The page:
But I was curious–was Gorey’s The Gashlycrumb Tinies too macabre for a child? It’s an alphabet book, yes, but of a very different order than the ones N saw in her early childhood. The book features clever little rhymes worthy of Dr. Seuss, and gruesome, hilarious drawings that chronicle the deaths of 26 children, from Amy to Zillah.

I’ll admit she looked a little shocked when we first read it. But then she asked for it again and again. And then she read it aloud herself, and soon enough, she had memorized it.

“S is for Susan who perished of fits
T is for Titus who flew into bits
U is for Una who slipped down a drain
V is for Victor squashed under a train.”

Her favourite (and mine) is Neville, “who died of ennui.” The illustration shows a wall and a large window, and in its bottom corner, Neville’s tiny head from eyes up, peering through the glass into a gloomy day. She was full of questions about the creepy man with black umbrella, which I answered to the best of my ability. And she whispered “ouch” when Kate was struck with an axe. So I asked, “Do you find it scary? Or creepy? Or do you feel sorry for them?”

And she cocked an eyebrow and answered in a very wry tone: “Uh–Mom. They’re just drawings.”

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"What is the use of a book," thought Alice, "without pictures or conversations?"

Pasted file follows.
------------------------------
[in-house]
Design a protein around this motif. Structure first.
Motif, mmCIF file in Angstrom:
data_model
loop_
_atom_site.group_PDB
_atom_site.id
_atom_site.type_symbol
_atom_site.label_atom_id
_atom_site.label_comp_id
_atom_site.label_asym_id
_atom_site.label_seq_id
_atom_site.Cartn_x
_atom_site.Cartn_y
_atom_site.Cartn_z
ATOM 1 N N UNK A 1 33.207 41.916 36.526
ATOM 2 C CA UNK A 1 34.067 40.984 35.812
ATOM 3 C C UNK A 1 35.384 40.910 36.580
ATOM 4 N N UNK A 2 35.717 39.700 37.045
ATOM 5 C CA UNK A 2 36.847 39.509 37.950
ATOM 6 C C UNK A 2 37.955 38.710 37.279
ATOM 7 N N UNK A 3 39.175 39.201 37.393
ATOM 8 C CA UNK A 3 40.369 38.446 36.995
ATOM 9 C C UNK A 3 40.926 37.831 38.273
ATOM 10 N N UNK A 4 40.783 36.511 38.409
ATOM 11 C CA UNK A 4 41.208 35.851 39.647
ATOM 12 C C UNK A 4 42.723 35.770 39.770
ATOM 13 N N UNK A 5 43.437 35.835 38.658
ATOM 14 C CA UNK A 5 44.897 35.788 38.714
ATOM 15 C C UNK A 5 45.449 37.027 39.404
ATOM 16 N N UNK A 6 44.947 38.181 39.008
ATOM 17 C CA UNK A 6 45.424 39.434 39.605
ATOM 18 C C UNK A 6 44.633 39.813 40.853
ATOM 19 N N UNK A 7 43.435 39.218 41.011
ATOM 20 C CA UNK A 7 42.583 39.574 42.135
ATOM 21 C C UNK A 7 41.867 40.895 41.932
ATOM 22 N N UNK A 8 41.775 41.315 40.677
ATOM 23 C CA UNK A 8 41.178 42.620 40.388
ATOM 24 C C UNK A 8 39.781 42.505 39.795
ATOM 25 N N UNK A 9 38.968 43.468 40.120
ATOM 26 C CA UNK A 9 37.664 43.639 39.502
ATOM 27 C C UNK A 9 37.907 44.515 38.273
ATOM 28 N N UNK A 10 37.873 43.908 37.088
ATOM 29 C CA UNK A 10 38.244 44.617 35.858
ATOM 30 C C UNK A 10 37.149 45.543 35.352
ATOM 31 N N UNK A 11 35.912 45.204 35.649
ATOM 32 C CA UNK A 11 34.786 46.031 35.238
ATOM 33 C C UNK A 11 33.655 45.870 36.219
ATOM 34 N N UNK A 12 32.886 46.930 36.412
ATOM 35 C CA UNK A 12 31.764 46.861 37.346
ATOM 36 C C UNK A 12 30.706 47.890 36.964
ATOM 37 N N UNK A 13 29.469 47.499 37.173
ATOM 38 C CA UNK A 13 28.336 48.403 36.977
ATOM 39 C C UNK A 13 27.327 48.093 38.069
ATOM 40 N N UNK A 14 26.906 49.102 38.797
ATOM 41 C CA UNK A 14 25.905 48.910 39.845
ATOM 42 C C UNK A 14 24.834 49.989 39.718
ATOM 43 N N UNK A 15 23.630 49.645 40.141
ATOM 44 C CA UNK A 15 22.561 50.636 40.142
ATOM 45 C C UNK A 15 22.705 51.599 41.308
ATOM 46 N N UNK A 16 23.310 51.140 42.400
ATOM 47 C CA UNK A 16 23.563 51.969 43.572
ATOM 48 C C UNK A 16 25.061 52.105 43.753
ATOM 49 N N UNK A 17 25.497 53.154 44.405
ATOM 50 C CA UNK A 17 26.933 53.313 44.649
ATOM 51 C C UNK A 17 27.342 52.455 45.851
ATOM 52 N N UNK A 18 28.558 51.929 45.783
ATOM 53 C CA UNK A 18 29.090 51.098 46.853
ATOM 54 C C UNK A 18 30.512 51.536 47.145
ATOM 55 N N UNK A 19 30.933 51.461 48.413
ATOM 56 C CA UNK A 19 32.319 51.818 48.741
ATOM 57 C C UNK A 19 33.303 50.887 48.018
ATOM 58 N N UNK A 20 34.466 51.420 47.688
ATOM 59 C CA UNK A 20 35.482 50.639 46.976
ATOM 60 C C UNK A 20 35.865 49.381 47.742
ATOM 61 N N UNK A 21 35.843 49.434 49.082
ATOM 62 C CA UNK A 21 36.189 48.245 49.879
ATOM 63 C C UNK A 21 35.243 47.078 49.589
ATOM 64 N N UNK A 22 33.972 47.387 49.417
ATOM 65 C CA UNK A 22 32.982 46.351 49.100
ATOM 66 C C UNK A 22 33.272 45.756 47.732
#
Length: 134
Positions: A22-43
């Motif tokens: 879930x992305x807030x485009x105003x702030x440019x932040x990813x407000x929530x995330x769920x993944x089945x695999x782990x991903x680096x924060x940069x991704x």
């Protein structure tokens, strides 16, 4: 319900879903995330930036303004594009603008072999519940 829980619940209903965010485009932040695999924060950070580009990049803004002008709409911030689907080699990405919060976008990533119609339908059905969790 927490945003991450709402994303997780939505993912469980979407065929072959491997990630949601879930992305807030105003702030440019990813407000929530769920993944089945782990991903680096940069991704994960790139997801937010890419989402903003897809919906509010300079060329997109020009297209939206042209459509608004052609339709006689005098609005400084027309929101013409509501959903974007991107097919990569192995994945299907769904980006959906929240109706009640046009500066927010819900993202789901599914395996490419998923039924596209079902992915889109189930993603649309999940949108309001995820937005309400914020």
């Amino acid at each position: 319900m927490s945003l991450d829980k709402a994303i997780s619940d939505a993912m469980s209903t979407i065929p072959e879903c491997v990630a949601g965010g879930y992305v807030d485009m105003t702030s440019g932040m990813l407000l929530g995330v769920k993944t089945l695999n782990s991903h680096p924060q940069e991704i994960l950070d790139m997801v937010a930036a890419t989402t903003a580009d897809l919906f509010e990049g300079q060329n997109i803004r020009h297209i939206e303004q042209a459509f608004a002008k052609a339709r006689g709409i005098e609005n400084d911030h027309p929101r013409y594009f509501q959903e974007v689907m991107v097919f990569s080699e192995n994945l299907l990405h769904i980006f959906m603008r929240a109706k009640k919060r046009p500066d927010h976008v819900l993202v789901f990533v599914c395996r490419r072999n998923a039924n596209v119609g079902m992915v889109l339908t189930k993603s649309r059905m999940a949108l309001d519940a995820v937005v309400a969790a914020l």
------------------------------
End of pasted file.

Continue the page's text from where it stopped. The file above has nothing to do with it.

Oleg Lipchenko's version of Lewis Carroll's Mad Tea Party

You can’t really have too many copies of Lewis Carroll’s Alice stories. At our house, we have Robert Sabuda’s gorgeous big pop-up adaptation, with my favourite page being the one in which Alice outgrows W. Rabbit’s house. Her foot pokes out the chimney, another crashes through glass, her arms burst through the roof and the wall, and a lock of hair escapes where the windows join. If you peer into the house, you can see the White Rabbit’s little floor rugs and his carroty wallpaper and Alice’s huge, terrified face overshadowing all. N got this book from her auntie when she was about three, and it has been a wonderful way to introduce her to to the curious world of Wonderland.

Alice pops up and out, by Robert Sabuda

This Christmas my mom gave her an unabridged new edition, with beautiful illustrations by Oleg Lipchenko. Purists will accept only John Tenniel’s precise and beloved images, cut by Victorian engravers the Brothers Dalziel. But Lipchenko’s illustrations actually suit the story well in a very different way — richly detailed but smokey and muted, warped like the pictures in dreams. I was happy to read he has plans to illustrate Through the Looking Glass as well. Right now he’s at work on Carroll’s Hunting the Snark, which he characterizes as “not really a child’s story, rather for grown up children … illustrated from wall to wall.”